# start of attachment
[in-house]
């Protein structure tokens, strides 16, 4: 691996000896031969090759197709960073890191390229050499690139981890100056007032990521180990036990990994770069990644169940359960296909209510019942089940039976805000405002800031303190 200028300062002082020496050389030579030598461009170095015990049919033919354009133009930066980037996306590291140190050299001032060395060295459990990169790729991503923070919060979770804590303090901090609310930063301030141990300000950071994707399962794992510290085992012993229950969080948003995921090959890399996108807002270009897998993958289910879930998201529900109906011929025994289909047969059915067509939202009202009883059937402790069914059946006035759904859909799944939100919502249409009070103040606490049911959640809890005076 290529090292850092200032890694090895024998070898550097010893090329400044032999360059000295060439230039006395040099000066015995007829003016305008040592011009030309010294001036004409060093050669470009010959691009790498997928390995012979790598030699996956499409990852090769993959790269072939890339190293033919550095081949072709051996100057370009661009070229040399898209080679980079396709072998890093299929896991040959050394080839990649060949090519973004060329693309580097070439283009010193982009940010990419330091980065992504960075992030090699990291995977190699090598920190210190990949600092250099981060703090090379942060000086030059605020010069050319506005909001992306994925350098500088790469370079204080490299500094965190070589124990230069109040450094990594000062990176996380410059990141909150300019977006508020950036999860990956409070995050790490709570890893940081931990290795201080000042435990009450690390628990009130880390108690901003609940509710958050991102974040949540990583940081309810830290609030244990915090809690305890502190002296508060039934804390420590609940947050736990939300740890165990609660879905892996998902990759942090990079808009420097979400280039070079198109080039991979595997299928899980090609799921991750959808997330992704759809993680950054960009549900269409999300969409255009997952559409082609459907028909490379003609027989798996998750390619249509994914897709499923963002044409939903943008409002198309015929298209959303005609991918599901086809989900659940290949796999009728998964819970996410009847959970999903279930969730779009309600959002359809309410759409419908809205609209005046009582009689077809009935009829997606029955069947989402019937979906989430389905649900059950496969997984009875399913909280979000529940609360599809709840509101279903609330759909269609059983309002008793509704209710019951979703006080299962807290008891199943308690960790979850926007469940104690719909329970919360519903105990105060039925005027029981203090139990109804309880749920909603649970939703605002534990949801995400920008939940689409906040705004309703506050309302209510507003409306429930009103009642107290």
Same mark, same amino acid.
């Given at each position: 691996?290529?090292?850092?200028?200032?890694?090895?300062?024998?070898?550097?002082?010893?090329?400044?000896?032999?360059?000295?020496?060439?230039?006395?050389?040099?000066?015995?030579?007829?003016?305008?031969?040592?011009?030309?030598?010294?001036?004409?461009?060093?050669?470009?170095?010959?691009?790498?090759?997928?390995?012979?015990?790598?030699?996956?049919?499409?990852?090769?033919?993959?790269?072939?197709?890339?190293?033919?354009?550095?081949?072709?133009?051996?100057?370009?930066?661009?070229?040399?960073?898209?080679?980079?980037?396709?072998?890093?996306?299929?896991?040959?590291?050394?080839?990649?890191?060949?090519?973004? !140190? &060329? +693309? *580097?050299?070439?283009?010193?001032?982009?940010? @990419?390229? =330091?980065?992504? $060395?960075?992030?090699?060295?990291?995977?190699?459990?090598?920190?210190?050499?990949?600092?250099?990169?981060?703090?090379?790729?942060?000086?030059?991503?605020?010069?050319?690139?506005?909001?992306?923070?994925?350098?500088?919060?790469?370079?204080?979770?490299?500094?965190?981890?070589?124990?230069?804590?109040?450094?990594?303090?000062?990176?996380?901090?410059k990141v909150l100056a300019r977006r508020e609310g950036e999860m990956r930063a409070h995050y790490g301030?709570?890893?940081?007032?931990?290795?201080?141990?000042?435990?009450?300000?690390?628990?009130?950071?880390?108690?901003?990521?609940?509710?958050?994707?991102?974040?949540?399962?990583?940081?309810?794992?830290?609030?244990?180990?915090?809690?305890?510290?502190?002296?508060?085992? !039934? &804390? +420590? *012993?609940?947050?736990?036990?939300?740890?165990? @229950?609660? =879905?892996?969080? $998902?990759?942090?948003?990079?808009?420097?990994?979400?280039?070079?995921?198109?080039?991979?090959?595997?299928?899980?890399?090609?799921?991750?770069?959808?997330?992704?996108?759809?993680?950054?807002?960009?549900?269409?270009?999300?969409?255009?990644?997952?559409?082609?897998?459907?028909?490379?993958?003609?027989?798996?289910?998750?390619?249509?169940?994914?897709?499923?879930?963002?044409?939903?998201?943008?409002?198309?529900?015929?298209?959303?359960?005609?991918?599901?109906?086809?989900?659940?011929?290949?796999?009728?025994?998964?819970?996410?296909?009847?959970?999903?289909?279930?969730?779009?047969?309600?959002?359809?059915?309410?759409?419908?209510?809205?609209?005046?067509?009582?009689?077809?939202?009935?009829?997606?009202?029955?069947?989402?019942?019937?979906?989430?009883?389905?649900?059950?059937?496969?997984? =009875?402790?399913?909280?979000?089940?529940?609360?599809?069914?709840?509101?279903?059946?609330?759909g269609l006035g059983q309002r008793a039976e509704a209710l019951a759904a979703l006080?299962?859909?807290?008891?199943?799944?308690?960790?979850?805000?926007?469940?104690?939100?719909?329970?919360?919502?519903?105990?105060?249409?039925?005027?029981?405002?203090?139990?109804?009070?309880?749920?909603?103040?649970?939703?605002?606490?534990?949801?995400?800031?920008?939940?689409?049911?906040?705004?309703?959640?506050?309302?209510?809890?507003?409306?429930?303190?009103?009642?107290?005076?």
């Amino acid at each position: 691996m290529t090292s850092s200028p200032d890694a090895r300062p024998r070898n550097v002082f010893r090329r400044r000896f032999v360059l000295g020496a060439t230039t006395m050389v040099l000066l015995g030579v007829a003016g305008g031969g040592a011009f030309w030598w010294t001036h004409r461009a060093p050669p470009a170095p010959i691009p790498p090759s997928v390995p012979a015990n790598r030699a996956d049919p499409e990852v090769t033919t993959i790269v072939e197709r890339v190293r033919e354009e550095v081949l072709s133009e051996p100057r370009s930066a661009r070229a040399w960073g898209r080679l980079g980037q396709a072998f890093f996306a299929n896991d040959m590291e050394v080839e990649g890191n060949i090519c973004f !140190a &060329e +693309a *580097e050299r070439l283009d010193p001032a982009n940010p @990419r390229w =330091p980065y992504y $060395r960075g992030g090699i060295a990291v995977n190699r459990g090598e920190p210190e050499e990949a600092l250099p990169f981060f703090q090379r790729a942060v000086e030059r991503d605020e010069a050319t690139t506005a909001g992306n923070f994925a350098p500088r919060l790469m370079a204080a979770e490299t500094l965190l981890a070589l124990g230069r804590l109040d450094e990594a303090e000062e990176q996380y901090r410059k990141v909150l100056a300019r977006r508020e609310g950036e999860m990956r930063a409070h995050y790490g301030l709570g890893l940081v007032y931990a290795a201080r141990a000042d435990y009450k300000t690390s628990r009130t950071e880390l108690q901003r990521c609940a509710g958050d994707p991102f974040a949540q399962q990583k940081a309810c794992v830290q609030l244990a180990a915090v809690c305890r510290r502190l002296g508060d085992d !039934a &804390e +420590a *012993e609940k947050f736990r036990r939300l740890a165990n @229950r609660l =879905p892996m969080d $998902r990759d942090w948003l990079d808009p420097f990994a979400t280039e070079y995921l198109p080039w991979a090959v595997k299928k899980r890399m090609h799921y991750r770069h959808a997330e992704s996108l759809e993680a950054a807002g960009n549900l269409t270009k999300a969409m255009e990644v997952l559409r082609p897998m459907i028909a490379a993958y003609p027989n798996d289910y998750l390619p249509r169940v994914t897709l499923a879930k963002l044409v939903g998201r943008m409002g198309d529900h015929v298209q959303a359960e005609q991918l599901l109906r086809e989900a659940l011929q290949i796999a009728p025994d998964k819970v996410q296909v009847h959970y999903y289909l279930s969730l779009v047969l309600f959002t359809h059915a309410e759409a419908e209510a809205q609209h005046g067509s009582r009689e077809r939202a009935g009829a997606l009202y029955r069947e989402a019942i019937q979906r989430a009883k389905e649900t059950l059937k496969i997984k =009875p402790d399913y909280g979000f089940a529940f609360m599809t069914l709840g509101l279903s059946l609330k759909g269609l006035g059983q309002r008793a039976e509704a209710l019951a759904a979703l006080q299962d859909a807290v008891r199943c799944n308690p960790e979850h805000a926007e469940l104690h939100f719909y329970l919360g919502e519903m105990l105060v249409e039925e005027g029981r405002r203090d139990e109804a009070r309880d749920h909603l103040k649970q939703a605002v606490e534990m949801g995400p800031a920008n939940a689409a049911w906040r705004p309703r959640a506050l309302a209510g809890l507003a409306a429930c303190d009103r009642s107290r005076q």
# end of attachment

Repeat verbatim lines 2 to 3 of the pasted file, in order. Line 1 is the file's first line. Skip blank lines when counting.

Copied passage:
């Protein structure tokens, strides 16, 4: 691996000896031969090759197709960073890191390229050499690139981890100056007032990521180990036990990994770069990644169940359960296909209510019942089940039976805000405002800031303190 200028300062002082020496050389030579030598461009170095015990049919033919354009133009930066980037996306590291140190050299001032060395060295459990990169790729991503923070919060979770804590303090901090609310930063301030141990300000950071994707399962794992510290085992012993229950969080948003995921090959890399996108807002270009897998993958289910879930998201529900109906011929025994289909047969059915067509939202009202009883059937402790069914059946006035759904859909799944939100919502249409009070103040606490049911959640809890005076 290529090292850092200032890694090895024998070898550097010893090329400044032999360059000295060439230039006395040099000066015995007829003016305008040592011009030309010294001036004409060093050669470009010959691009790498997928390995012979790598030699996956499409990852090769993959790269072939890339190293033919550095081949072709051996100057370009661009070229040399898209080679980079396709072998890093299929896991040959050394080839990649060949090519973004060329693309580097070439283009010193982009940010990419330091980065992504960075992030090699990291995977190699090598920190210190990949600092250099981060703090090379942060000086030059605020010069050319506005909001992306994925350098500088790469370079204080490299500094965190070589124990230069109040450094990594000062990176996380410059990141909150300019977006508020950036999860990956409070995050790490709570890893940081931990290795201080000042435990009450690390628990009130880390108690901003609940509710958050991102974040949540990583940081309810830290609030244990915090809690305890502190002296508060039934804390420590609940947050736990939300740890165990609660879905892996998902990759942090990079808009420097979400280039070079198109080039991979595997299928899980090609799921991750959808997330992704759809993680950054960009549900269409999300969409255009997952559409082609459907028909490379003609027989798996998750390619249509994914897709499923963002044409939903943008409002198309015929298209959303005609991918599901086809989900659940290949796999009728998964819970996410009847959970999903279930969730779009309600959002359809309410759409419908809205609209005046009582009689077809009935009829997606029955069947989402019937979906989430389905649900059950496969997984009875399913909280979000529940609360599809709840509101279903609330759909269609059983309002008793509704209710019951979703006080299962807290008891199943308690960790979850926007469940104690719909329970919360519903105990105060039925005027029981203090139990109804309880749920909603649970939703605002534990949801995400920008939940689409906040705004309703506050309302209510507003409306429930009103009642107290």
Same mark, same amino acid.